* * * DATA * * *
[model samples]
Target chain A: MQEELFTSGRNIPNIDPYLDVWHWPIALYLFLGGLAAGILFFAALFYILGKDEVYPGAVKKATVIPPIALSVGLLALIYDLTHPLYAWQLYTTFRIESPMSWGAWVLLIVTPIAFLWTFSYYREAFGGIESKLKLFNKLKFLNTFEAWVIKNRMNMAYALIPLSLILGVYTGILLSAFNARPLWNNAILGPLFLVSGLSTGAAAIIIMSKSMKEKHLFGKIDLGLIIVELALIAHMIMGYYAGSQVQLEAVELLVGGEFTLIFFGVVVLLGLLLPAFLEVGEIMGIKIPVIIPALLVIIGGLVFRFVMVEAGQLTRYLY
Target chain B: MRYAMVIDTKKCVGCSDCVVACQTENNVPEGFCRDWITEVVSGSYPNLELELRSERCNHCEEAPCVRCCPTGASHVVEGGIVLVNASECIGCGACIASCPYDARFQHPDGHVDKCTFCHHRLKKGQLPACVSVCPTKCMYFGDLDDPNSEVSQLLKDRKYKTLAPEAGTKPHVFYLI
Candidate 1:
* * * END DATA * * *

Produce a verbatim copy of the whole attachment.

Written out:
[model samples]
Target chain A: MQEELFTSGRNIPNIDPYLDVWHWPIALYLFLGGLAAGILFFAALFYILGKDEVYPGAVKKATVIPPIALSVGLLALIYDLTHPLYAWQLYTTFRIESPMSWGAWVLLIVTPIAFLWTFSYYREAFGGIESKLKLFNKLKFLNTFEAWVIKNRMNMAYALIPLSLILGVYTGILLSAFNARPLWNNAILGPLFLVSGLSTGAAAIIIMSKSMKEKHLFGKIDLGLIIVELALIAHMIMGYYAGSQVQLEAVELLVGGEFTLIFFGVVVLLGLLLPAFLEVGEIMGIKIPVIIPALLVIIGGLVFRFVMVEAGQLTRYLY
Target chain B: MRYAMVIDTKKCVGCSDCVVACQTENNVPEGFCRDWITEVVSGSYPNLELELRSERCNHCEEAPCVRCCPTGASHVVEGGIVLVNASECIGCGACIASCPYDARFQHPDGHVDKCTFCHHRLKKGQLPACVSVCPTKCMYFGDLDDPNSEVSQLLKDRKYKTLAPEAGTKPHVFYLI
Candidate 1: